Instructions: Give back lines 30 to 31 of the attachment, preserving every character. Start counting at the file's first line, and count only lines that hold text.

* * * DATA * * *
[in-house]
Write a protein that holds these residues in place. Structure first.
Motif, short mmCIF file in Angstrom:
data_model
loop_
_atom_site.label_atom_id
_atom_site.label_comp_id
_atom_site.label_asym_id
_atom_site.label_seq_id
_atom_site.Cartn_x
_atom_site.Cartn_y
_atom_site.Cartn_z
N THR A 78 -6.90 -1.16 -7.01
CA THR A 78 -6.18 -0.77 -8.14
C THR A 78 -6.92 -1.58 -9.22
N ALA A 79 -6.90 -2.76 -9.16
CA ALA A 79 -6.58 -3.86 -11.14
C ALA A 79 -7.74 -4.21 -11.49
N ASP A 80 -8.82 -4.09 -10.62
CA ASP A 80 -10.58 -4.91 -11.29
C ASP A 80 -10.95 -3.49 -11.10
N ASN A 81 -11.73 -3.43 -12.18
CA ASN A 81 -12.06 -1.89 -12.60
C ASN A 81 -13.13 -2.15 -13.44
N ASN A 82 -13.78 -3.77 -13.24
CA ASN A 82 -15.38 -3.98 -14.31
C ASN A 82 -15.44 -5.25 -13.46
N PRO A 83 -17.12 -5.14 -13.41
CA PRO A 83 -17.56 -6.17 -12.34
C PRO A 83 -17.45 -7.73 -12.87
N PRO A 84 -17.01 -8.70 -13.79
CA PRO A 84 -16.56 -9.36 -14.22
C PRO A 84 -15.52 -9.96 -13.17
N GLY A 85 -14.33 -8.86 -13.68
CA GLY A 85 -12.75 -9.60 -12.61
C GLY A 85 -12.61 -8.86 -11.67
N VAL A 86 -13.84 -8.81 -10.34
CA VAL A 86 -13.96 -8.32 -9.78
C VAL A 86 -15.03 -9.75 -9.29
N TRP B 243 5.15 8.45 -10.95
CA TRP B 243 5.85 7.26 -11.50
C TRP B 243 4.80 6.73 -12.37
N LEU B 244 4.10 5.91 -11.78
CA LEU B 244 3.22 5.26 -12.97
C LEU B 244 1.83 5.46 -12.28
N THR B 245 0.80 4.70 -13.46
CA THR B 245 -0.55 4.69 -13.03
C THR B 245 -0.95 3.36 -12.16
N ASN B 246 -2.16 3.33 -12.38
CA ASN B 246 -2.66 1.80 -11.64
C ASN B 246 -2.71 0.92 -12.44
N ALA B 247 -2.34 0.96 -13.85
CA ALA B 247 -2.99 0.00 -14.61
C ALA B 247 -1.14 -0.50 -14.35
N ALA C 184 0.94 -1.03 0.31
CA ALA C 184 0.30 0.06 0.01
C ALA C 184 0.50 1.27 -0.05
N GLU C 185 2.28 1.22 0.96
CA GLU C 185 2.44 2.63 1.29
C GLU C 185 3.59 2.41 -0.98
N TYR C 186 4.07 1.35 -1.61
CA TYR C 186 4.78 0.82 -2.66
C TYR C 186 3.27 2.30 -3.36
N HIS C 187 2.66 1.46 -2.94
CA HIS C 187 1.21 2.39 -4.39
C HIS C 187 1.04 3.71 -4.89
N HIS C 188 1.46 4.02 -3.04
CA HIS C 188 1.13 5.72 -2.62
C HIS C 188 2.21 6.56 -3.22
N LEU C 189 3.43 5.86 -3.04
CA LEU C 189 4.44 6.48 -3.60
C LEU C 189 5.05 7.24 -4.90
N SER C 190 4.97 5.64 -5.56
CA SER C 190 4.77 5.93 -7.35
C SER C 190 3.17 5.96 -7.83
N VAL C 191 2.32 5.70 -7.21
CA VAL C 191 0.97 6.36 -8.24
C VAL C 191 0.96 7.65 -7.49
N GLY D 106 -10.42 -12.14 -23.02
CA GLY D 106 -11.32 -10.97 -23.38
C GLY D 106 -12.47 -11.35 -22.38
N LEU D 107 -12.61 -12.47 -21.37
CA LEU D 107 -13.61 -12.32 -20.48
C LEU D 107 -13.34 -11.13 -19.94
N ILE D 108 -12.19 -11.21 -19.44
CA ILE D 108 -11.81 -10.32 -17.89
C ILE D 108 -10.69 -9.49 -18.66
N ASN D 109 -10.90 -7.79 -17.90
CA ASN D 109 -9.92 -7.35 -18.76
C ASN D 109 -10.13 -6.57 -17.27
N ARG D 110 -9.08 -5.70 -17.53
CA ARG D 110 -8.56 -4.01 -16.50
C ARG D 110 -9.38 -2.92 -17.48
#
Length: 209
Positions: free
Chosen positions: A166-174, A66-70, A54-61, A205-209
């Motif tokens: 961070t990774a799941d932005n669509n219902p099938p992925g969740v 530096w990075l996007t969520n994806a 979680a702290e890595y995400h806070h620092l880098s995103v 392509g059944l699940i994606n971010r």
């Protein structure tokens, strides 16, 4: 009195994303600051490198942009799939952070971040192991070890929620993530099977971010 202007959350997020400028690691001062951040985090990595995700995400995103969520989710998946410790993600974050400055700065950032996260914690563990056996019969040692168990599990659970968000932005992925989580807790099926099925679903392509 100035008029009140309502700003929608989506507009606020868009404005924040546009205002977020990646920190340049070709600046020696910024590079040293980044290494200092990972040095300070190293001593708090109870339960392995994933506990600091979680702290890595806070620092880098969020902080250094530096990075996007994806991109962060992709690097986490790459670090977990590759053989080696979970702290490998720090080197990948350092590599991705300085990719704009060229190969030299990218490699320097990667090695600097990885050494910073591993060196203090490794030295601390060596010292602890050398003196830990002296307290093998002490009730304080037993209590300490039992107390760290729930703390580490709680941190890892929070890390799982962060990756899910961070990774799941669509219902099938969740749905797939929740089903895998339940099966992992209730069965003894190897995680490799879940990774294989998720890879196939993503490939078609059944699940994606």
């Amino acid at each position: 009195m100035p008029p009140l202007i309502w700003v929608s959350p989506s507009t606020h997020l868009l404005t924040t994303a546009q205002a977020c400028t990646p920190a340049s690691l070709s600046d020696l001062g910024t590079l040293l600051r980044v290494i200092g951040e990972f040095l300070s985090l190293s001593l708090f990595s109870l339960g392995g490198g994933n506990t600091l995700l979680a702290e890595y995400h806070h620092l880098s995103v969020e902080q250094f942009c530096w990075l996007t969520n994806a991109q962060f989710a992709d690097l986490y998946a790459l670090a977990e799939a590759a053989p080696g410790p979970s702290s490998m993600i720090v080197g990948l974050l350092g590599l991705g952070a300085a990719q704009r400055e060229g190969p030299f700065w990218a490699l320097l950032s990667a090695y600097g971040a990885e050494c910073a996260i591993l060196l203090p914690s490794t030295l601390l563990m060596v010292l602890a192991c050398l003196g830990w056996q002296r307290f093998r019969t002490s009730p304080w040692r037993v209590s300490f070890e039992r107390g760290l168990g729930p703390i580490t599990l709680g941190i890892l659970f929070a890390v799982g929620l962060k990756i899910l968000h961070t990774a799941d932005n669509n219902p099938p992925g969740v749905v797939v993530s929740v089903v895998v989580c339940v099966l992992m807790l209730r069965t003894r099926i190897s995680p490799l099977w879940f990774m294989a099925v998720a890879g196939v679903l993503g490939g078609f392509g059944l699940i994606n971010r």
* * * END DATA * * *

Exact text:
C PRO A 83 -17.45 -7.73 -12.87
N PRO A 84 -17.01 -8.70 -13.79